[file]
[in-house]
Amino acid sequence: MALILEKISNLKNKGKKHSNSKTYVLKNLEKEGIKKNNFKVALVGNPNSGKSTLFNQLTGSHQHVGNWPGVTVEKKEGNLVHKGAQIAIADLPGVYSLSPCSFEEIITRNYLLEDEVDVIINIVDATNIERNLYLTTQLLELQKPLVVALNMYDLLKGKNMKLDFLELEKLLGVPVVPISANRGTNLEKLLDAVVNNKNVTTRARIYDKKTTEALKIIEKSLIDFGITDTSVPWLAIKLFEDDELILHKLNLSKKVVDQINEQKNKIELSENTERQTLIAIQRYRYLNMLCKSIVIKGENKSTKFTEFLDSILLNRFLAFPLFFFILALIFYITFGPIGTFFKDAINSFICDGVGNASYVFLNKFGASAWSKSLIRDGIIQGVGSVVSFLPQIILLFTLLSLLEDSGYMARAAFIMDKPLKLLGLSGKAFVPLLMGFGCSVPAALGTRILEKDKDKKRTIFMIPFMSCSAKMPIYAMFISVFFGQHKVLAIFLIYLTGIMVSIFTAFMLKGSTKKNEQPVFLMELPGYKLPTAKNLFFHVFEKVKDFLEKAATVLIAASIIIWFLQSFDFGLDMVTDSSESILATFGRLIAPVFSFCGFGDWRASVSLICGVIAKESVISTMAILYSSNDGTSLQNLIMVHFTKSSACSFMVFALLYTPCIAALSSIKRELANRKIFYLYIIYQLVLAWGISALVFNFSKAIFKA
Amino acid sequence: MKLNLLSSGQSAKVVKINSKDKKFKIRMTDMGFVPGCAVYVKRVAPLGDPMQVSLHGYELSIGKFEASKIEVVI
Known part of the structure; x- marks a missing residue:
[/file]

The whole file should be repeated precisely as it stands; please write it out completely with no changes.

[in-house]
Amino acid sequence: MALILEKISNLKNKGKKHSNSKTYVLKNLEKEGIKKNNFKVALVGNPNSGKSTLFNQLTGSHQHVGNWPGVTVEKKEGNLVHKGAQIAIADLPGVYSLSPCSFEEIITRNYLLEDEVDVIINIVDATNIERNLYLTTQLLELQKPLVVALNMYDLLKGKNMKLDFLELEKLLGVPVVPISANRGTNLEKLLDAVVNNKNVTTRARIYDKKTTEALKIIEKSLIDFGITDTSVPWLAIKLFEDDELILHKLNLSKKVVDQINEQKNKIELSENTERQTLIAIQRYRYLNMLCKSIVIKGENKSTKFTEFLDSILLNRFLAFPLFFFILALIFYITFGPIGTFFKDAINSFICDGVGNASYVFLNKFGASAWSKSLIRDGIIQGVGSVVSFLPQIILLFTLLSLLEDSGYMARAAFIMDKPLKLLGLSGKAFVPLLMGFGCSVPAALGTRILEKDKDKKRTIFMIPFMSCSAKMPIYAMFISVFFGQHKVLAIFLIYLTGIMVSIFTAFMLKGSTKKNEQPVFLMELPGYKLPTAKNLFFHVFEKVKDFLEKAATVLIAASIIIWFLQSFDFGLDMVTDSSESILATFGRLIAPVFSFCGFGDWRASVSLICGVIAKESVISTMAILYSSNDGTSLQNLIMVHFTKSSACSFMVFALLYTPCIAALSSIKRELANRKIFYLYIIYQLVLAWGISALVFNFSKAIFKA
Amino acid sequence: MKLNLLSSGQSAKVVKINSKDKKFKIRMTDMGFVPGCAVYVKRVAPLGDPMQVSLHGYELSIGKFEASKIEVVI
Known part of the structure; x- marks a missing residue: